- The report was launched at the EVPA Impact Week, which gathers 800+ impact leaders in Brussels to accelerate positive change for people and planet
EVPA, the European investing for impact community, is a unique network at the intersection of business and purpose, driven by knowledge and focused on impact. We rally people, capital, knowledge, and data to catalyse, innovate and scale impact. EVPA brings together a diverse group of capital providers (impact funds, corporations, foundations, private equity, banks, public funders) and social innovators of all sorts – from household names to emerging new players. Together we work to increase prosperity and social progress for all, fix inequalities and injustices and preserve the planet.
The Global Steering Group for Impact Investment (GSG) is an independent global steering group promoting sustainable development and advancing education in impact investment. The GSG was established in 2015 as the successor to, and incorporating the work of, the Social Impact Investment Taskforce established under the UK’s presidency of the G8. The GSG’s National Advisory Boards (NABs) currently cover 35 countries. The GSG brings together leaders from finance, business, philanthropy and governments to drive a shift towards impact economies. Follow the GSG on LinkedIn and Twitter.
Investor collaborations can unlock billions to finance the SDGs
Organised by FAIR and the GSG, ‘’Joining forces: growing impact in Africa & beyond’’, a side event to the 3rd international Finance in Common summit, was dedicated to impact finance.
It brought together experts and international leaders to discuss concrete solutions to finance Sustainable Development Goals (SDGs).
Global leaders agreed that there is an urgency to step up and collaborate more to achieve the SDGs.
- DFIs and public development banks (PDBs) are uniquely positioned to attract other investors, such as pension funds, to invest for the SDGs.
- $35bn USD could be unlocked if 10% of pension fund capital in Africa was invested towards the SDGs. A new report1 was published at the event to explain how.
- New collaborations have been announced to increase capital flows to the SDGs in Burkina Faso, Ivory Coast, and Senegal.
Participants and speakers alike agreed that the SDGs can only be achieved if we increase collaborations between all stakeholders, and public finance and private finance players in particular. Currently there is an estimated annual $4.2Tr USD financing gap for the SDGs, and public finance alone will not be sufficient to close this.
Across the day, speakers from government, development finance institutions (DFIs), private investors and other private sector players shared concrete solutions that demonstrated how public and private players can achieve much more by working collaboratively, in areas as diverse as climate mitigation, healthcare, financial inclusion, or agriculture.
Belmonde Dogo, Minister of Solidarity and the Fight against Poverty, Ivory Coast, highlighted in the opening keynote that “to achieve the SDGs, we need the constant support of both public and private sector players. To mobilise capital for a sustainable and inclusive growth in Africa, we will need synergies and coordination between all stakeholders, alongside the creation of a new institutional framework.”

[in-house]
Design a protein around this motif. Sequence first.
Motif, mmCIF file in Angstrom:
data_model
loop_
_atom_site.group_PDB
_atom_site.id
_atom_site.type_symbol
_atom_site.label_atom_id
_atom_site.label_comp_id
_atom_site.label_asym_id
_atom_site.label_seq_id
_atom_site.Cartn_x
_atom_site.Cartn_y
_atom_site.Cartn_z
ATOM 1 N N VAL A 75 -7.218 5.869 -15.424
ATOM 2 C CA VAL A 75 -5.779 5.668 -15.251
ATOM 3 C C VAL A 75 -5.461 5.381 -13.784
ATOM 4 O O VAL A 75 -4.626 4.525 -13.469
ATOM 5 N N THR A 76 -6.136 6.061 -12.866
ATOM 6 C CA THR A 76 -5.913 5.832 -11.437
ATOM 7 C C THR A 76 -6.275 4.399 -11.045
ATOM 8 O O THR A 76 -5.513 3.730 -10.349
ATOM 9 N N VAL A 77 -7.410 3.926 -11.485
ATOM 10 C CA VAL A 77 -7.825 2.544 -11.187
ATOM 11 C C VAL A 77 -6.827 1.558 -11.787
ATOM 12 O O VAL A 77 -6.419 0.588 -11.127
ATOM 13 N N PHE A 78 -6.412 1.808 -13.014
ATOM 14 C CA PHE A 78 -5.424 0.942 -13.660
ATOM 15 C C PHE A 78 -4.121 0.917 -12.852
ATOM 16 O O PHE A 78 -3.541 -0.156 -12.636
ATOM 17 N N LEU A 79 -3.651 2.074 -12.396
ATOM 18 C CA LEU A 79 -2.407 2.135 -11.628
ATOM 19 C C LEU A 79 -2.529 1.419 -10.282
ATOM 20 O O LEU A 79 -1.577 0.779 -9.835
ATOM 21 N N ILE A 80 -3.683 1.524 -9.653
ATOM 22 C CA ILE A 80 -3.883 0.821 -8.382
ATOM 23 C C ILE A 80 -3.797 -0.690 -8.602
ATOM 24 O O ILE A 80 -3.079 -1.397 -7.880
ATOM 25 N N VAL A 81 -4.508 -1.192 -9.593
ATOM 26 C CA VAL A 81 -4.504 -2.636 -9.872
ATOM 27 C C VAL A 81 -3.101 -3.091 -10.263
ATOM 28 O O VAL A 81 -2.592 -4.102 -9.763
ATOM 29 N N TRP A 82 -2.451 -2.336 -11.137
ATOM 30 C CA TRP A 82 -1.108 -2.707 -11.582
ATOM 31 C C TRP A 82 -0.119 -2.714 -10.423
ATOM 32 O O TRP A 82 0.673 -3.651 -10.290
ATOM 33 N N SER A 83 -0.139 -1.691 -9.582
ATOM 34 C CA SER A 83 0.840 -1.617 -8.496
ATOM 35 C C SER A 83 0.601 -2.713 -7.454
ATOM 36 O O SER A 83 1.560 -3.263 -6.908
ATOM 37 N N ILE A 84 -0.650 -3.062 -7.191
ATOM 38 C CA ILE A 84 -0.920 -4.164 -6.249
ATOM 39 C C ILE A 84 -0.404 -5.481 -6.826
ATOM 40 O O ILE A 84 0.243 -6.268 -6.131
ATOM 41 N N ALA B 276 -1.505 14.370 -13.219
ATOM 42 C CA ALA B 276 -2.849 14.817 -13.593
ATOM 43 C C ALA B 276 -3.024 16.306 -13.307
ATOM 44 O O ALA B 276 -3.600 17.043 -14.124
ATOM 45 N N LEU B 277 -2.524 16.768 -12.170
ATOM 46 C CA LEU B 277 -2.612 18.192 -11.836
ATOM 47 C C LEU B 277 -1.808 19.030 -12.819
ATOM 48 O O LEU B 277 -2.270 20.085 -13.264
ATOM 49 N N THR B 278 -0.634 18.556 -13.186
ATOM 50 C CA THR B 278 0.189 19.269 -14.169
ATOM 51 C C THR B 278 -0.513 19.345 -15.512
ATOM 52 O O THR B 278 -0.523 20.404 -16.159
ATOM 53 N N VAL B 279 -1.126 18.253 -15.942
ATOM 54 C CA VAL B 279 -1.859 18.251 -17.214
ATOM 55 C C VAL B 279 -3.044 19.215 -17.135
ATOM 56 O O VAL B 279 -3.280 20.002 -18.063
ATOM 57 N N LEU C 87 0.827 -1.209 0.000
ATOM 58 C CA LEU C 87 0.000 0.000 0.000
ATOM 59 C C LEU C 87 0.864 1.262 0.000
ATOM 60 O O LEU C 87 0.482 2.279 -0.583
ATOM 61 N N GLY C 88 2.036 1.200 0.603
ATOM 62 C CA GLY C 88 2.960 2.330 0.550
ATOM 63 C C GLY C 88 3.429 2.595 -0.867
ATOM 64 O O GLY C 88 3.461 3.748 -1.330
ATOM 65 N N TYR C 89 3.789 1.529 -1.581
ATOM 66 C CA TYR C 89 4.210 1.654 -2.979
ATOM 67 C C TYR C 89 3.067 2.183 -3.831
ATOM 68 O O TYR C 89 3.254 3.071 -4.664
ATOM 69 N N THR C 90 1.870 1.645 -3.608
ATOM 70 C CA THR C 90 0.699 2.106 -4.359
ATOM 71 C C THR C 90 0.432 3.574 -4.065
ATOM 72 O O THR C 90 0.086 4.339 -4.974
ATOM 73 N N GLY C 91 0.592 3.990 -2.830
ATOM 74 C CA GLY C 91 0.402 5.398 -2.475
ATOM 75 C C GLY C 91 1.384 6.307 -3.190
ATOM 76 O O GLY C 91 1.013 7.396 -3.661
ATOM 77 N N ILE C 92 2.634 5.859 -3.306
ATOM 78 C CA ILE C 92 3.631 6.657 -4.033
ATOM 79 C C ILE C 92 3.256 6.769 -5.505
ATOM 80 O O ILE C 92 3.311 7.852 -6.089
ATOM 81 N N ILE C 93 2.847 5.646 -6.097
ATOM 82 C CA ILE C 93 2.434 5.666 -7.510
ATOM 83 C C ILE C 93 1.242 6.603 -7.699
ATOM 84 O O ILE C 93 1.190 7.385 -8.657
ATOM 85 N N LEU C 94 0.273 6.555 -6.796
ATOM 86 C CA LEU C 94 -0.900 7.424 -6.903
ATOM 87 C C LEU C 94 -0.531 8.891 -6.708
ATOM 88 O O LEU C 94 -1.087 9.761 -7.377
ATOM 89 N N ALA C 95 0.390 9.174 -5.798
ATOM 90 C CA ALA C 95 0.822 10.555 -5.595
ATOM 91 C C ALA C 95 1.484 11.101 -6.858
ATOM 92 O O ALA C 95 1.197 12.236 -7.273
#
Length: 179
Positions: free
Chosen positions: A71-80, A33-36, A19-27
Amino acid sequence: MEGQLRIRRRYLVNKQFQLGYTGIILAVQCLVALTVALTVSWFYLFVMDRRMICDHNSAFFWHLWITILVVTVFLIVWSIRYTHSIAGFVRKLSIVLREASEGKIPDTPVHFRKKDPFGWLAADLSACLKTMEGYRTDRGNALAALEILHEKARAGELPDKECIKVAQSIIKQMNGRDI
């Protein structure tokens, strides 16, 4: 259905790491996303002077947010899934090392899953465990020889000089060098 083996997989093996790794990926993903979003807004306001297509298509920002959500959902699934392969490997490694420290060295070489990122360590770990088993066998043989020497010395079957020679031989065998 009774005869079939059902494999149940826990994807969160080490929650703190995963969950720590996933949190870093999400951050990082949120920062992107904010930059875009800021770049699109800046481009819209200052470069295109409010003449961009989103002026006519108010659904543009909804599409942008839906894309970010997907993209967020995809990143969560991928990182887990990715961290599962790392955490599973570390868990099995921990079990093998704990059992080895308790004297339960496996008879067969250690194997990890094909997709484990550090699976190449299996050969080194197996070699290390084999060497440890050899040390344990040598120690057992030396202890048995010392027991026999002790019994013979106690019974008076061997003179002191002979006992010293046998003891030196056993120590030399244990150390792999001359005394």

Cliff Prior, CEO, GSG, reinforced the core role of public finance to attract significant amounts of private investments: “DFIs and public development banks (PDBs) are uniquely positioned to demonstrate and develop the investability of SDG projects for other investors. They need to make better use of the de-risking instruments that they already have at their disposal.”
DFIs and public development banks (PDBs) are usually government majority-owned or benefit from government guarantees. This enables them to provide financing on competitive terms or to deploy de-risking instruments, abilities that they should use more to attract further private investments.
The deployment of such de-risking mechanisms can help other investors see opportunities where they wouldn’t have invested previously. For example, if even 10% of pension fund capital in Africa was invested towards the SDGs, that could unlock $35bn USD for the SDGs on the continent. A new report ‘Unlocking pension fund capital for small business finance2’ launched at the event by Collaborative for Frontier Finance, in collaboration with GSG, explores ways in which pension fund capital can be unlocked and play a bigger role in SME finance, the beating heart of economies in terms of jobs, GDP and overall resilience.
Paul-Harry Aithnard, Managing Director, Ecobank Côte d’Ivoire explains: “A major challenge to develop SMEs and make them grow over the long term is to support them at two levels: digitalization and capacity building. Partnerships with other actors are essential to deliver quality services in both areas.”
Dr. James Mwangi, CEO, Equity Group Holdings concludes: “Finance needs to become demand driven rather than supply driven as it has been for so long. Equity Bank has grown thanks to a strong partnership with communities. It has been a symbiotic relationship. I want now to extend an invitation to collaborate and support 5 million SMEs on the continent.”
Thanks to experts from Burkina Faso, France, Ghana, Ivory Coast, Japan, Nigeria, Senegal, South Africa, UK, Zambia, and the EU sharing their work and calls to action, commitments were made, and new collaborations are now underway. Burkina Faso, Ivory Coast, and Senegal, amongst others, have committed to establishing a National Advisory Board (NAB) to develop their national impact finance ecosystems, as a foundational step to ensure that more capital flows to the SDGs.